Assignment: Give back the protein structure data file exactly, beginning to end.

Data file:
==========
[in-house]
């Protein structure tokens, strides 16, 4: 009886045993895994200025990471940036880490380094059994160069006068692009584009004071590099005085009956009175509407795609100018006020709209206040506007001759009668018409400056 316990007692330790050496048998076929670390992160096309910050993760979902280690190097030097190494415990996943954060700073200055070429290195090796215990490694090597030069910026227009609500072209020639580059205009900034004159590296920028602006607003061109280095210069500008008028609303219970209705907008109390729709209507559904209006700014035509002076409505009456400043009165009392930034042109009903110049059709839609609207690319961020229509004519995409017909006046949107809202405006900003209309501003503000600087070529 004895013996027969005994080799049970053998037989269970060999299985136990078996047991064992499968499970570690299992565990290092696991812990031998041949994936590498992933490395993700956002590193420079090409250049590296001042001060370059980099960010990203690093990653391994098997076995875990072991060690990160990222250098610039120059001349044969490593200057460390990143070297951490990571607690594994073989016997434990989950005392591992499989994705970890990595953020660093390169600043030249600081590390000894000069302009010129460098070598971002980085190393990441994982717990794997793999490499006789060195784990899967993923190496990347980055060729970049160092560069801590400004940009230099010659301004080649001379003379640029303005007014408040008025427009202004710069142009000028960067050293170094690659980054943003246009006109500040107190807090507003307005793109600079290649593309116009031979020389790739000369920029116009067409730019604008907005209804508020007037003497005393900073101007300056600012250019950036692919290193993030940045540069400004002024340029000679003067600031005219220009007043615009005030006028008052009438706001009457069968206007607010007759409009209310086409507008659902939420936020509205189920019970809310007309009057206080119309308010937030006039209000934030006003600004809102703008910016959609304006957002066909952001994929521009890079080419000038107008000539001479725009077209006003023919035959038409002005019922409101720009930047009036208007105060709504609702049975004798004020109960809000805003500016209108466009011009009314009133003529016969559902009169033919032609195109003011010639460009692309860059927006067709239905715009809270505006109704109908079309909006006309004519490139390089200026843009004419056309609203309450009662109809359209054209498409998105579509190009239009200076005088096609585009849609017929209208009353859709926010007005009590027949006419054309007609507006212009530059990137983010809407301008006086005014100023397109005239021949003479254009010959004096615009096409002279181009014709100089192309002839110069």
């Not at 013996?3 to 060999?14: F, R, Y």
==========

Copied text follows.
[in-house]
């Protein structure tokens, strides 16, 4: 009886045993895994200025990471940036880490380094059994160069006068692009584009004071590099005085009956009175509407795609100018006020709209206040506007001759009668018409400056 316990007692330790050496048998076929670390992160096309910050993760979902280690190097030097190494415990996943954060700073200055070429290195090796215990490694090597030069910026227009609500072209020639580059205009900034004159590296920028602006607003061109280095210069500008008028609303219970209705907008109390729709209507559904209006700014035509002076409505009456400043009165009392930034042109009903110049059709839609609207690319961020229509004519995409017909006046949107809202405006900003209309501003503000600087070529 004895013996027969005994080799049970053998037989269970060999299985136990078996047991064992499968499970570690299992565990290092696991812990031998041949994936590498992933490395993700956002590193420079090409250049590296001042001060370059980099960010990203690093990653391994098997076995875990072991060690990160990222250098610039120059001349044969490593200057460390990143070297951490990571607690594994073989016997434990989950005392591992499989994705970890990595953020660093390169600043030249600081590390000894000069302009010129460098070598971002980085190393990441994982717990794997793999490499006789060195784990899967993923190496990347980055060729970049160092560069801590400004940009230099010659301004080649001379003379640029303005007014408040008025427009202004710069142009000028960067050293170094690659980054943003246009006109500040107190807090507003307005793109600079290649593309116009031979020389790739000369920029116009067409730019604008907005209804508020007037003497005393900073101007300056600012250019950036692919290193993030940045540069400004002024340029000679003067600031005219220009007043615009005030006028008052009438706001009457069968206007607010007759409009209310086409507008659902939420936020509205189920019970809310007309009057206080119309308010937030006039209000934030006003600004809102703008910016959609304006957002066909952001994929521009890079080419000038107008000539001479725009077209006003023919035959038409002005019922409101720009930047009036208007105060709504609702049975004798004020109960809000805003500016209108466009011009009314009133003529016969559902009169033919032609195109003011010639460009692309860059927006067709239905715009809270505006109704109908079309909006006309004519490139390089200026843009004419056309609203309450009662109809359209054209498409998105579509190009239009200076005088096609585009849609017929209208009353859709926010007005009590027949006419054309007609507006212009530059990137983010809407301008006086005014100023397109005239021949003479254009010959004096615009096409002279181009014709100089192309002839110069």
């Not at 013996?3 to 060999?14: F, R, Y």